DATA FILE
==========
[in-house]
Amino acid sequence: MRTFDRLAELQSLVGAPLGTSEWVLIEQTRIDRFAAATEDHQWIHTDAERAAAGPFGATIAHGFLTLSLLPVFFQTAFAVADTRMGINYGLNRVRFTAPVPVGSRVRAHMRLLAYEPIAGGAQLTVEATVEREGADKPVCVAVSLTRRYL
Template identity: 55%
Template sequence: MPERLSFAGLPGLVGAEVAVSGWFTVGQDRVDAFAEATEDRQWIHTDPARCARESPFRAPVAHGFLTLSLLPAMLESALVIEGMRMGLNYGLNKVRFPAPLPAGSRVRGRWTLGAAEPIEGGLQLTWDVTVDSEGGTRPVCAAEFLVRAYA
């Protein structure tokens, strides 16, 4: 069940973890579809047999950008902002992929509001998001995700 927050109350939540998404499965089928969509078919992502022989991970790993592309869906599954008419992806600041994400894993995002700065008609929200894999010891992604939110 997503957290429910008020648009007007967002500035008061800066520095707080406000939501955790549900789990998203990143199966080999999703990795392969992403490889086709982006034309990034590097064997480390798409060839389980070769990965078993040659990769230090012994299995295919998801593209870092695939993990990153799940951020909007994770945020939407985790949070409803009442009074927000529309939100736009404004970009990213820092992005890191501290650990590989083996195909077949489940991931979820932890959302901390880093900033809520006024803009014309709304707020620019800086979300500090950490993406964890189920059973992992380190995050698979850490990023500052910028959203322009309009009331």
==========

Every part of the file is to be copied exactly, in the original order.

[in-house]
Amino acid sequence: MRTFDRLAELQSLVGAPLGTSEWVLIEQTRIDRFAAATEDHQWIHTDAERAAAGPFGATIAHGFLTLSLLPVFFQTAFAVADTRMGINYGLNRVRFTAPVPVGSRVRAHMRLLAYEPIAGGAQLTVEATVEREGADKPVCVAVSLTRRYL
Template identity: 55%
Template sequence: MPERLSFAGLPGLVGAEVAVSGWFTVGQDRVDAFAEATEDRQWIHTDPARCARESPFRAPVAHGFLTLSLLPAMLESALVIEGMRMGLNYGLNKVRFPAPLPAGSRVRGRWTLGAAEPIEGGLQLTWDVTVDSEGGTRPVCAAEFLVRAYA
């Protein structure tokens, strides 16, 4: 069940973890579809047999950008902002992929509001998001995700 927050109350939540998404499965089928969509078919992502022989991970790993592309869906599954008419992806600041994400894993995002700065008609929200894999010891992604939110 997503957290429910008020648009007007967002500035008061800066520095707080406000939501955790549900789990998203990143199966080999999703990795392969992403490889086709982006034309990034590097064997480390798409060839389980070769990965078993040659990769230090012994299995295919998801593209870092695939993990990153799940951020909007994770945020939407985790949070409803009442009074927000529309939100736009404004970009990213820092992005890191501290650990590989083996195909077949489940991931979820932890959302901390880093900033809520006024803009014309709304707020620019800086979300500090950490993406964890189920059973992992380190995050698979850490990023500052910028959203322009309009009331």